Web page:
I neglected to add, in my previous post, that Dutton was not the only European on the island, at the time of the riot. Deputy Superintendent of the island, Mr. John William Tailford, himself was born in England, but had married a Singapore Eurasian. Hope this helps.

  7. Chatted with my aunt just now, and was surprised she knew about this incident.

    She’s in her 60s now, and she had heard about the riot when she was still a teenager.

  8. manakoleng says:

    As an ex-Naval Diver, I was one of the privileged few to set my foot on Pulau Senang in modern times. Our underwater demolition training exercises were conducted in the surrounding waters, and we usually setup our temporary base camps on the island. Though most of the buildings were gone, the foundations could still be seen. There was also a well on top of a hill where we took our bath.
    On one side of the island there was a white sandy beach with very clear water, something which we would never find on mainland Singapore. Not too far off from the beach was a coral reef where we did our demolition training. Sadly, much of the reef was destroyed due to our activities.
    If given a chance, I would really hope to visit the place again for its tranquility and remoteness.

  9. James Chew says:

    Dutton’s wife Vicky was a radio deejay or anouncer then.Court testimony revealed that the murderers gouged out his eyes.

  10. Phil Corke says:

    Only just found this item re Danny Dutton
    My farther was one of Danny’s best friends, I believe they met while both were in the forces, Danny and his wife visited GB when married, i have photos somewhere of my Father & mother and Danny & Vicky his wife all together, when they were in the UK.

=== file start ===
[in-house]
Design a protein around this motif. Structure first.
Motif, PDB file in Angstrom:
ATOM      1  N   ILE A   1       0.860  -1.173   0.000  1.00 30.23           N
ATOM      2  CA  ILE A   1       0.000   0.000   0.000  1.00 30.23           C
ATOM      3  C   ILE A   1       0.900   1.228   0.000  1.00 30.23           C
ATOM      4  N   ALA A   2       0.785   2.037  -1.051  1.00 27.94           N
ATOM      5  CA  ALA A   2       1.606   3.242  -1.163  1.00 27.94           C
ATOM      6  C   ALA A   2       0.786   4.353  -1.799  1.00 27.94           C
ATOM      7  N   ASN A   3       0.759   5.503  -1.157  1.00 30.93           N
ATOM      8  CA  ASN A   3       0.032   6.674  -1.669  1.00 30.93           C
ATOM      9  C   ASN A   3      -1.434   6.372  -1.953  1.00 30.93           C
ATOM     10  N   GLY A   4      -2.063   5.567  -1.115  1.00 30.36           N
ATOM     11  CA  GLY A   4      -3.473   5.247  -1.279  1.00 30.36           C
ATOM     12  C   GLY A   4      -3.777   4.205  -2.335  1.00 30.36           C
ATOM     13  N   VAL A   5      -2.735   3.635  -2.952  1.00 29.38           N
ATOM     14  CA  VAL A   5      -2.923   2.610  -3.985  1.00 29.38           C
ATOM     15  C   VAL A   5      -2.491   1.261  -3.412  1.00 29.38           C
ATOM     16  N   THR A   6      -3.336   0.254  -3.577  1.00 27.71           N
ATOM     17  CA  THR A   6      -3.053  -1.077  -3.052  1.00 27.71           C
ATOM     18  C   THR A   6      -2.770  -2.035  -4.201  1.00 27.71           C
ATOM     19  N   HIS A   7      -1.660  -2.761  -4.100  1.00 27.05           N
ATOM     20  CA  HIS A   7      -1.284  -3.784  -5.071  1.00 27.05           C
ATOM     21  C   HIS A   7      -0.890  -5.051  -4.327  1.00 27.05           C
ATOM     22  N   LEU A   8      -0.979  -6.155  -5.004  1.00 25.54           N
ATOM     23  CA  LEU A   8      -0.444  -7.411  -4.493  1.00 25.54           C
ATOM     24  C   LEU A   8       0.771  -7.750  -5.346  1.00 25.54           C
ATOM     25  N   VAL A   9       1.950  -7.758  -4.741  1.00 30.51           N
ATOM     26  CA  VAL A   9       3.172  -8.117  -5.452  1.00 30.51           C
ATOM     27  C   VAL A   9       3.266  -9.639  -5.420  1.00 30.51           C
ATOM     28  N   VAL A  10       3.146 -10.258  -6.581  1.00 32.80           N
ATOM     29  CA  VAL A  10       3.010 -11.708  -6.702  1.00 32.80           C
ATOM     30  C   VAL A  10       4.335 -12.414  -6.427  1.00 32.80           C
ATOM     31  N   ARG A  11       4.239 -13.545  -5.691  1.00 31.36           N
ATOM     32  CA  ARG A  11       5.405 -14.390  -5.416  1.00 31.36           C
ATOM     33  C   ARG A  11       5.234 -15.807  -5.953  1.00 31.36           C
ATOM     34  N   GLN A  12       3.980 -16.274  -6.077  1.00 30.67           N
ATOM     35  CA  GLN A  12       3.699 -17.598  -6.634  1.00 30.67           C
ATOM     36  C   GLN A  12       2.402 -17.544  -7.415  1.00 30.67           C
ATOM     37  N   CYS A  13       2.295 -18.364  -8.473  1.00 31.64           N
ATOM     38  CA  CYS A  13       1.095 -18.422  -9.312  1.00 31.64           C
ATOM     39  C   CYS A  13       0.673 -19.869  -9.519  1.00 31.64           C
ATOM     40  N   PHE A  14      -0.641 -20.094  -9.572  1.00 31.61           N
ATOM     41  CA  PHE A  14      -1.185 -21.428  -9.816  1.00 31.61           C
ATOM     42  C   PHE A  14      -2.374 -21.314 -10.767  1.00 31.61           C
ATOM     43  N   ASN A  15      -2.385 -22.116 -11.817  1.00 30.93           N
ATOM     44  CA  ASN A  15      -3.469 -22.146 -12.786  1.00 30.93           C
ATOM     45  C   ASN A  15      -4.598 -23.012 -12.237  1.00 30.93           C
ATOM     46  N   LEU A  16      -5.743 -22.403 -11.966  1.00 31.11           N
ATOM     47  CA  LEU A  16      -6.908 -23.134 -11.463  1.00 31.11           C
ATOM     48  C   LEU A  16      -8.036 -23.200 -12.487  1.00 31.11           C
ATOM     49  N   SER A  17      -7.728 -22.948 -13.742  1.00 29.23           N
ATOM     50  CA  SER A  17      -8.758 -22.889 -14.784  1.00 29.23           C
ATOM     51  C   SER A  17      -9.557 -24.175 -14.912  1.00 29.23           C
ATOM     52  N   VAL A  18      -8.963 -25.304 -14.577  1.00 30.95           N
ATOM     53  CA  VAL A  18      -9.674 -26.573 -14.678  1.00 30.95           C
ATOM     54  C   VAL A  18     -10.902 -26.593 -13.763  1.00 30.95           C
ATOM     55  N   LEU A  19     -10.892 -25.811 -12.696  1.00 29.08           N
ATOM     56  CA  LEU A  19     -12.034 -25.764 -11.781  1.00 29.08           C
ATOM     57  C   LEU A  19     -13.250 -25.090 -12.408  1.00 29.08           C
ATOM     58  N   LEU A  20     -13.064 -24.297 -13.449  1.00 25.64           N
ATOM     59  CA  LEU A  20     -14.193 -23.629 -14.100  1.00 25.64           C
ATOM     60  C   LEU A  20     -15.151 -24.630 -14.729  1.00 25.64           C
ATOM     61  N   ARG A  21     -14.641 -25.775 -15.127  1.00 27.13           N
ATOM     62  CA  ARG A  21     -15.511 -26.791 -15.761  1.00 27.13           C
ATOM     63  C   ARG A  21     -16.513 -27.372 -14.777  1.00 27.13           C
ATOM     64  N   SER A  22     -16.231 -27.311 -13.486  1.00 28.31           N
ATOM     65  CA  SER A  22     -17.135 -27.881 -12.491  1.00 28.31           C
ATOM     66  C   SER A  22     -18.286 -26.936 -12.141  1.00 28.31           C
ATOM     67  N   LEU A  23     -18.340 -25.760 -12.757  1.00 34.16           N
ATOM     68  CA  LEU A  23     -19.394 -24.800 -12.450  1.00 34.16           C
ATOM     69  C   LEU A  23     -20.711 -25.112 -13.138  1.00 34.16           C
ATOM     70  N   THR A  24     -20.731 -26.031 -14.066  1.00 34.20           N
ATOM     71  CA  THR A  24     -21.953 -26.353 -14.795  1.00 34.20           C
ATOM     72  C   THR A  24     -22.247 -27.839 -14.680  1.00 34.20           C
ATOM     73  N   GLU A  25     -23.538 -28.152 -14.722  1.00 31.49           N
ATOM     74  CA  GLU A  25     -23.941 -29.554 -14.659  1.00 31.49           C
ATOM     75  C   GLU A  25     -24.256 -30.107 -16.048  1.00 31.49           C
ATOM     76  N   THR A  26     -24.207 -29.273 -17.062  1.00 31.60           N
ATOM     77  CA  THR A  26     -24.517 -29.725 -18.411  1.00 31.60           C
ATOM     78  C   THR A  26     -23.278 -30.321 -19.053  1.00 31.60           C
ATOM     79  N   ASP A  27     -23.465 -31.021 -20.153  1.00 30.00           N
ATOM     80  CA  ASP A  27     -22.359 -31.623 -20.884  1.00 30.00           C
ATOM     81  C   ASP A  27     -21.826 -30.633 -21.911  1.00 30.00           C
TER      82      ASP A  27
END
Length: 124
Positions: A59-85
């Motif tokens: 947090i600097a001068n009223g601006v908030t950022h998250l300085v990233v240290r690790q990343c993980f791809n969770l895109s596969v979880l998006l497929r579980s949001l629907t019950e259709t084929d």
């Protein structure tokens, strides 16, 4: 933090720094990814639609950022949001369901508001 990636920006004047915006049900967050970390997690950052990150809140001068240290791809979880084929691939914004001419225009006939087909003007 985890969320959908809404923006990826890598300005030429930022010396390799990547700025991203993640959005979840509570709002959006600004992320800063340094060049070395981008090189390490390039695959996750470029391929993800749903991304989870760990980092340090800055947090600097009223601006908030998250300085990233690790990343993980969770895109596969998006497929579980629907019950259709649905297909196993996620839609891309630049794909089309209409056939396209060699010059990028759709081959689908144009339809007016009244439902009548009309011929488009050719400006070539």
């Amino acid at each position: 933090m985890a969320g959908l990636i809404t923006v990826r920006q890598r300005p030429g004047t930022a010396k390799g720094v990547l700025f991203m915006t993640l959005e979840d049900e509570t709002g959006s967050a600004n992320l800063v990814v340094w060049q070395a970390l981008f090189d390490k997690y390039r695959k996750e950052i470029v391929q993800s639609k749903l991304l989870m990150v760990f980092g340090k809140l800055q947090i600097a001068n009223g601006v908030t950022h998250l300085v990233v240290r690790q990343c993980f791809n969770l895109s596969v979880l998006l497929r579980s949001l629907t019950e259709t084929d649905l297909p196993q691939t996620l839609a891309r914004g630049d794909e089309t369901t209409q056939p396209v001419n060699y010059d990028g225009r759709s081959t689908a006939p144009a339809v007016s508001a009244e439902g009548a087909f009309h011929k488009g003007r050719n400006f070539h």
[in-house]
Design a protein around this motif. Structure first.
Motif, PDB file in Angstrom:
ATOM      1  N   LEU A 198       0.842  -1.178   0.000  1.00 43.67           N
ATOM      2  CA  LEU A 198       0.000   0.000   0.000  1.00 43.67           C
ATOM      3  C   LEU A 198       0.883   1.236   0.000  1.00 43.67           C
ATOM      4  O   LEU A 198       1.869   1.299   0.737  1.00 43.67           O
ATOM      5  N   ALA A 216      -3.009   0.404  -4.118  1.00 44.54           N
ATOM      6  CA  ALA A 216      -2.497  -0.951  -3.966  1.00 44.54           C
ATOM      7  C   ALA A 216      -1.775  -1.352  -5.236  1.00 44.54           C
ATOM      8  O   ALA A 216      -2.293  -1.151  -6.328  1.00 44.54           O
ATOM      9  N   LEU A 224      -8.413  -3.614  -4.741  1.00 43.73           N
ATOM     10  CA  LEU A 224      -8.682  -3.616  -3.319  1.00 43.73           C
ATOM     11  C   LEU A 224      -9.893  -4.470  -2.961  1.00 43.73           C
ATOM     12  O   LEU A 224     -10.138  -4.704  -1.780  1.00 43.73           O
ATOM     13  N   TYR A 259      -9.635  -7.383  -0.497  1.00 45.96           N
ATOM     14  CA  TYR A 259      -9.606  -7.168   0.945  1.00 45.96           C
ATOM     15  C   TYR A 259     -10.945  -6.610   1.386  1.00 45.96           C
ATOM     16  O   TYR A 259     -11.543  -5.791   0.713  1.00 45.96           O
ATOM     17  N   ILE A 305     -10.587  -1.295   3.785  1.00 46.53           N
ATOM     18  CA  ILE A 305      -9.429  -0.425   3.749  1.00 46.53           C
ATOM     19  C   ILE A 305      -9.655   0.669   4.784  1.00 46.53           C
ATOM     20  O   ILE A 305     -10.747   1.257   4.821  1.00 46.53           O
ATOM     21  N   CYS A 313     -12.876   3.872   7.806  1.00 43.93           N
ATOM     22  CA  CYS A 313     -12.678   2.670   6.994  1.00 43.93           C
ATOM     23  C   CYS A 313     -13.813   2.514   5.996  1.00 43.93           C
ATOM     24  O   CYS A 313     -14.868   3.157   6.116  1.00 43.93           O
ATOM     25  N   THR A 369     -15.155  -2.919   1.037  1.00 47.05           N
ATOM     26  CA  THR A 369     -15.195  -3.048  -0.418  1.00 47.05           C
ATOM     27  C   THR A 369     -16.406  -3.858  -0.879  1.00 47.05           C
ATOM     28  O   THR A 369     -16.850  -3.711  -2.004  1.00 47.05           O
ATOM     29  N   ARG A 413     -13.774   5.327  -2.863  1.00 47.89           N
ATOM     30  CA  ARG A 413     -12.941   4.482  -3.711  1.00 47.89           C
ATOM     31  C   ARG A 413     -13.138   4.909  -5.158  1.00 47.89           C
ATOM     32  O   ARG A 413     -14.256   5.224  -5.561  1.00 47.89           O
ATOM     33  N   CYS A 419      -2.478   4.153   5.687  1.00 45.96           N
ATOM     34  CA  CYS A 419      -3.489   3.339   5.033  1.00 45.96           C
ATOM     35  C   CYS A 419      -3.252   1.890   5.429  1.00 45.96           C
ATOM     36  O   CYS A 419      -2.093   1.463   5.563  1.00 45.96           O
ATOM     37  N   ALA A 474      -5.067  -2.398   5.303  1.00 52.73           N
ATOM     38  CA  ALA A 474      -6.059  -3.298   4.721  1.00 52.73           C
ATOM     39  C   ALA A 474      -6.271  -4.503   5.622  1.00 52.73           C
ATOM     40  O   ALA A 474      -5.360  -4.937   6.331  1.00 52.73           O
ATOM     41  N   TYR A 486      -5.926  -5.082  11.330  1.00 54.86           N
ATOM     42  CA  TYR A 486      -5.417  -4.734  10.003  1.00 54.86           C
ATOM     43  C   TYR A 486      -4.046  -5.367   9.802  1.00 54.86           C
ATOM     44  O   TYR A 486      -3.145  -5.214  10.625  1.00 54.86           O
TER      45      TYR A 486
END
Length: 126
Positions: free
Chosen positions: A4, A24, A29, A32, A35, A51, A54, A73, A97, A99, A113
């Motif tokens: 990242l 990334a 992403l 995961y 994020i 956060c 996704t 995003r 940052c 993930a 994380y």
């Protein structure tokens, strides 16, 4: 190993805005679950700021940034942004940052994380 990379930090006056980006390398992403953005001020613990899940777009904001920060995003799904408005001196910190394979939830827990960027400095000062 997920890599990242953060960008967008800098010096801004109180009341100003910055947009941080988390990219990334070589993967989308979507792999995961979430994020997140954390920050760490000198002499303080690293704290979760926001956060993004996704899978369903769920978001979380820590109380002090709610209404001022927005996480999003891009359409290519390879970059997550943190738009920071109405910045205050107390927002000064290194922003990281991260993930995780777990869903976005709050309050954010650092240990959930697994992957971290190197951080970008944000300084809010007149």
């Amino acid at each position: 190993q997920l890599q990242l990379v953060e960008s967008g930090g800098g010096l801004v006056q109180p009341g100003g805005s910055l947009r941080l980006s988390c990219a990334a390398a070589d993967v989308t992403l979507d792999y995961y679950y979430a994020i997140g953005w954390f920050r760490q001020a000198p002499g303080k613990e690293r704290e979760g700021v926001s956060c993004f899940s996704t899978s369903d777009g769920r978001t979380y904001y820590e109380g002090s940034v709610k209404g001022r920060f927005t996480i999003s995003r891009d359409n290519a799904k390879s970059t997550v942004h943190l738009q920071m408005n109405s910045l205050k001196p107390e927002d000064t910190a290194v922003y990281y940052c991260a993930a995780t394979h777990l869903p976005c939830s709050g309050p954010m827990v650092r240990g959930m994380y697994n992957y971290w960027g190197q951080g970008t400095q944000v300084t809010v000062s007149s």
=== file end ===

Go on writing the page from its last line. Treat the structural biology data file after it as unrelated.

• Gary Tan says:

      My name is Gary here and I am involved in a documentary regarding Pulau Senang case and Daniel Stanley Dutton. Is there anyway that you can provide me with what you know about Daniel Stanley Dutton and how your father’s impression of him? My email address is Gary.Tan@mediacorp.com.sg

      • Phil Corke says:

        Hi Gary
        Sorry its been a long time since i have visited this site, My father was in the Army Signal core and met Danny during his national service duties. He And Danny became very good friends, and Danny and his wife Vicky visited my parents in England during their friendship, i have news paper cutting re same, and a number of photos of Danny Vicky and my mother and father together in The UK.

        Regards Phil

    • Ami says:

      Hi Phil,

      I’m really intrigued by your account and are hoping you will be able to share more about the close relationship your father had with Dutton.
      I’m working on a documentary about the Pulau Senang Penal Settlement and are looking for people with connections to the island to share what they’ve heard or experienced.

      Our team will be ever so grateful if you’re willing to share your story with us. You can reach me at amirah@peddlingpictures.com if you’re interested in moving this conversation forward.

      Thank you!

  11. Karen says:

    Wow super cool. Thanks for the article!

  12. Quak Eng Kwee says:


    I am Jonathan Quak, I was staying at Pulau Pawai in the late 50’s. There was a good gentleman Mr Stevens Monterio (hopefully, I spelt correctly). He worked at Pulau Senang at that time, as a not very sure, and stay in Pulau Pawai, just near to Pulau Senang. He is a Catholic and treat every residents very well and help my poor family and me financially. I once stayed at his zinc roof house, when I was 9 years old.

    We lost touch with him after we resettled to mainland Singapore.

    My family and I wish to contact him. He could possibly, be in his 80’s by now an d do not know whether he is alive or not.

    Could you please assist

    Thank you.